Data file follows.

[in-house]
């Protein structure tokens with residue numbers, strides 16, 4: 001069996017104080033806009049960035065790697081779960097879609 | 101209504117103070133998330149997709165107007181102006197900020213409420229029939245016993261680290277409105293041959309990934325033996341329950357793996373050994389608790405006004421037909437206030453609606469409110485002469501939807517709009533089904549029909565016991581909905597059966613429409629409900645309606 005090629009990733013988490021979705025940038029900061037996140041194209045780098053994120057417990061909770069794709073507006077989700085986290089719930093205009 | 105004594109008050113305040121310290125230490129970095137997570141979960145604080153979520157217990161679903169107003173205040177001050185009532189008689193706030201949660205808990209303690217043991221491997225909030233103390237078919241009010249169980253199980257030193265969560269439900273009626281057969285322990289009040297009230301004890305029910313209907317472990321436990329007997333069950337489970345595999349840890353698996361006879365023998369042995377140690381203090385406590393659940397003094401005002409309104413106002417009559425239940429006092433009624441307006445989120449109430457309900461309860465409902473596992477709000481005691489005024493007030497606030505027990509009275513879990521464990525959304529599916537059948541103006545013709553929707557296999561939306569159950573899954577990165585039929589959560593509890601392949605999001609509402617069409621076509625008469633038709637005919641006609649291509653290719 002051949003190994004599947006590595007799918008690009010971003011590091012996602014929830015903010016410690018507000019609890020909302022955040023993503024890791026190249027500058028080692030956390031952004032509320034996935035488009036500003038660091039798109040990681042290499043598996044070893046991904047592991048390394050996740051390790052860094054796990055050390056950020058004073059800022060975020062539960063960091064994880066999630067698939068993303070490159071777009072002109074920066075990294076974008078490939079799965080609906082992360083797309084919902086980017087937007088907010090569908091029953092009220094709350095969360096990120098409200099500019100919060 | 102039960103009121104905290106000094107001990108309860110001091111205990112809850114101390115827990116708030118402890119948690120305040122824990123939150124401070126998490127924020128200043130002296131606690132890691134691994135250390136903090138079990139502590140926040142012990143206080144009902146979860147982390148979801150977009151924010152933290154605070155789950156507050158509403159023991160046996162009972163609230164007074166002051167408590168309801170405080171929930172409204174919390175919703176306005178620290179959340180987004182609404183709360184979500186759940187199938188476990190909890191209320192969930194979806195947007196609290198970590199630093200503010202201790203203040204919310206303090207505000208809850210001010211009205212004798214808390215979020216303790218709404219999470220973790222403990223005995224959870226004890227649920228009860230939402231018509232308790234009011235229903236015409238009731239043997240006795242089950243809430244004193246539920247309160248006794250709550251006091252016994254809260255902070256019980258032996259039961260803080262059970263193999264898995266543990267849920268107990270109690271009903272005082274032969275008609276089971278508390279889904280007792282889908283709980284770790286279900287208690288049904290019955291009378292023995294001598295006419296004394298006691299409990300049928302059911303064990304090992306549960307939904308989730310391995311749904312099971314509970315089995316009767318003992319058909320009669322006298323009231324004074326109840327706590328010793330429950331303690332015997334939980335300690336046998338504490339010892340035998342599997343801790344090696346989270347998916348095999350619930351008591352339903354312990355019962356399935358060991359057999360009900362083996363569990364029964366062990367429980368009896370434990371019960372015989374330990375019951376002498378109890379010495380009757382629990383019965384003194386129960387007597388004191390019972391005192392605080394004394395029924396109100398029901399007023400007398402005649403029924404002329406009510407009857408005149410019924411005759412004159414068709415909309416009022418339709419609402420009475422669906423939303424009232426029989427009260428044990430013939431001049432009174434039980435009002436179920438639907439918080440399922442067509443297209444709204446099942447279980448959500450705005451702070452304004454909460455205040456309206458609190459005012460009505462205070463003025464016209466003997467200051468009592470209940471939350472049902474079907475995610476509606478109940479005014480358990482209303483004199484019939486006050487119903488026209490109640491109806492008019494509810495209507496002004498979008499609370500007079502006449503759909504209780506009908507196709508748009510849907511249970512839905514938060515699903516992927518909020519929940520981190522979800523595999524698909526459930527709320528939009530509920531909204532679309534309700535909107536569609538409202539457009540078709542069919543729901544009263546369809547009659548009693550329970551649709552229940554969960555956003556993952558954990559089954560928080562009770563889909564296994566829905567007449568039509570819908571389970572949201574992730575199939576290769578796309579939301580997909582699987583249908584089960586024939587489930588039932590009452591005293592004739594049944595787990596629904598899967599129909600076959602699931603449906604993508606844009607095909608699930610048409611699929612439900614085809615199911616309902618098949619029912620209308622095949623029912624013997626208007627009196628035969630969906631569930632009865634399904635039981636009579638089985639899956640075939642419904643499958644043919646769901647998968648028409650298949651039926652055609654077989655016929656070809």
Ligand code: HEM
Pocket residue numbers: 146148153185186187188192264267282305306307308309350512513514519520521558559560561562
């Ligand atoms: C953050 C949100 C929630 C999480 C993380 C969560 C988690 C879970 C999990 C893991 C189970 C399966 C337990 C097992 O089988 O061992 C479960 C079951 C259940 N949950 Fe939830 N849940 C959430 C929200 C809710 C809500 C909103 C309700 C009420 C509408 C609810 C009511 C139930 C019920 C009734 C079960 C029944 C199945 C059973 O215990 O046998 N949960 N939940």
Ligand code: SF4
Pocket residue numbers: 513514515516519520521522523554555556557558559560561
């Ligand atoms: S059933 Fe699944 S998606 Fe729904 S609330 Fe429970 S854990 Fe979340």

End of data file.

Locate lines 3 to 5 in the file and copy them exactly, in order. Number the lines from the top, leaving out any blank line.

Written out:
Ligand code: HEM
Pocket residue numbers: 146148153185186187188192264267282305306307308309350512513514519520521558559560561562
């Ligand atoms: C953050 C949100 C929630 C999480 C993380 C969560 C988690 C879970 C999990 C893991 C189970 C399966 C337990 C097992 O089988 O061992 C479960 C079951 C259940 N949950 Fe939830 N849940 C959430 C929200 C809710 C809500 C909103 C309700 C009420 C509408 C609810 C009511 C139930 C019920 C009734 C079960 C029944 C199945 C059973 O215990 O046998 N949960 N939940």